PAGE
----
The Infinite Loop and the Green Links find new ways to incorporate health and wellbeing into everyday activities for all members of the campus community. Walking, biking, or scootering are encouraged with new campus gateways and pathways that support these active modes of transportation to navigate campus. Furthermore, these pathways welcome people of all ages and abilities by embracing universal accessibility. In addition, outdoor classrooms, enhanced campus quads, and large natural areas like the enhanced Duck Pond landscape provide greater access to green spaces that can be used for working or relaxing outdoors, promoting mental health and wellbeing.
A rigorous design process brought to light two specific programmatic and capital project synergies that allowed for an update of the master plan. Each of these areas – one in the existing campus core at a residential quad; one in a future campus district unencumbered by existing buildings – maintains master plan principles and overall desire lines while prioritizing and making feasible the Infinite Loop and Green Links grading strategies. These zoomed-in studies also consider existing and future utility enabling projects, including a chilled water line that will be built in the near-term and will require a new landscape to be built.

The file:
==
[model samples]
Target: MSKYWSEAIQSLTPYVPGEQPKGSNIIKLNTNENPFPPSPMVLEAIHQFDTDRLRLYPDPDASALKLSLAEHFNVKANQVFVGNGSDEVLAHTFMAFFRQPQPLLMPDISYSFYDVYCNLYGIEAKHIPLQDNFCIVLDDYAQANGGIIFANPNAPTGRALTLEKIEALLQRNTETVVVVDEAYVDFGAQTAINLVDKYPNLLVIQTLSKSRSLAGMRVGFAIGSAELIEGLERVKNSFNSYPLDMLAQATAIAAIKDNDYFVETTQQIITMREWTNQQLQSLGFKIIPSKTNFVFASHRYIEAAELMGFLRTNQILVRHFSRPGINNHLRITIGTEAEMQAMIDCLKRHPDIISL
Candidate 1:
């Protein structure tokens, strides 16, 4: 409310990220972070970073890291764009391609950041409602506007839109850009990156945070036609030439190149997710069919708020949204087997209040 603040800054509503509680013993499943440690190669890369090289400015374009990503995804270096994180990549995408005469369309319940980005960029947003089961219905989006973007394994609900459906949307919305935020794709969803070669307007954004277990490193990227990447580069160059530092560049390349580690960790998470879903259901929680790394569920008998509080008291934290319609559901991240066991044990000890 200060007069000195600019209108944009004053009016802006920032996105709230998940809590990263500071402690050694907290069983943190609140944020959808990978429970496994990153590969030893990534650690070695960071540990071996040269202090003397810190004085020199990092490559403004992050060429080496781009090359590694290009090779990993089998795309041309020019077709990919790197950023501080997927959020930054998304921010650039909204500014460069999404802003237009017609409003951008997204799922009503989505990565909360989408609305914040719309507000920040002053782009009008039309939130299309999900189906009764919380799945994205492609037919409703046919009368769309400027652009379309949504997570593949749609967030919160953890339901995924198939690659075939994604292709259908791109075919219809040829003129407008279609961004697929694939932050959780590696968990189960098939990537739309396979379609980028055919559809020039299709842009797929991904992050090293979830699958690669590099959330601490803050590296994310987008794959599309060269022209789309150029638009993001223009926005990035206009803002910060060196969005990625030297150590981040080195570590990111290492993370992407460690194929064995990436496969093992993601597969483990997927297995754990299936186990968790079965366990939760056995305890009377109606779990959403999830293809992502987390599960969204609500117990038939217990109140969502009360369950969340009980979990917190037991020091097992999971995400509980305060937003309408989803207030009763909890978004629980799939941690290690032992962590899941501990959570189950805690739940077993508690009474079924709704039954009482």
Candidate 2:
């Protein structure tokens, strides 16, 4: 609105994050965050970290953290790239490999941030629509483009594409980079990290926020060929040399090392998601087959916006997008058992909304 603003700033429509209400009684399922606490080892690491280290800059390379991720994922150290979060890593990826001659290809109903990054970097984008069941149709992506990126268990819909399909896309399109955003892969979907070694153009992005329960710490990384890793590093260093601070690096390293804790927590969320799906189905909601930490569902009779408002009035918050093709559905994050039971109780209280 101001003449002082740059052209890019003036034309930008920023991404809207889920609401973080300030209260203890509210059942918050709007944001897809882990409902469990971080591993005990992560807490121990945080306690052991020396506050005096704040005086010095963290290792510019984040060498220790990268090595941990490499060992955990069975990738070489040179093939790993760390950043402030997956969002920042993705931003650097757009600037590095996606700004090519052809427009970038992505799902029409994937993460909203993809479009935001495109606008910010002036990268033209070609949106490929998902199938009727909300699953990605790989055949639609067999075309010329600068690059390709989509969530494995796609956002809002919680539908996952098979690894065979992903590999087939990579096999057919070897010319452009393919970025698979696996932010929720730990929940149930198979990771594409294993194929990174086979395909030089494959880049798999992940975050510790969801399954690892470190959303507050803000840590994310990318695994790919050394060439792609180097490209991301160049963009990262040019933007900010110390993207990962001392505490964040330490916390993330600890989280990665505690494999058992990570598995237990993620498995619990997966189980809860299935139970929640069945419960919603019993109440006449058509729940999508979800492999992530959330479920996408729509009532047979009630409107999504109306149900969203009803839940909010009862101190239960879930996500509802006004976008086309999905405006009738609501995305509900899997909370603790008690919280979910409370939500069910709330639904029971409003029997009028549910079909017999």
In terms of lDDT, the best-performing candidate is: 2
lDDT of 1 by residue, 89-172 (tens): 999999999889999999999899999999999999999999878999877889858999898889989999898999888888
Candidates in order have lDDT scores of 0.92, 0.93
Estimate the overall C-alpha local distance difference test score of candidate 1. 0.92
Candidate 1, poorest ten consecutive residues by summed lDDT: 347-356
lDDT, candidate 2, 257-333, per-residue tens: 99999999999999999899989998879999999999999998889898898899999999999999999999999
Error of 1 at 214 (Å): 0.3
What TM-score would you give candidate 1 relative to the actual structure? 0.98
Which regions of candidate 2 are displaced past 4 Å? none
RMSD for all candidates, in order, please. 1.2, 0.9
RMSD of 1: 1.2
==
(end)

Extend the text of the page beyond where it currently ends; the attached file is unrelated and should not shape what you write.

Integration of innovative technology along the Loop and the Green Links will keep students and faculty connected with new 5G across campus, extending the learning environment outdoors. Devices are spaced approximately 500’ along the Loop, ensuring a continuous cellular network that coincides with enhanced outdoor spaces including, quads, residential plazas, outdoor dining areas, and ecological corridors that are used for research. Outdoor power, blue phones, and campus security cameras are also provided. Additionally, the Infinite Loop is designed in partnership with the university’s transportation institute to accommodate autonomous vehicles, ushering in a new mode of transportation to the campus fabric.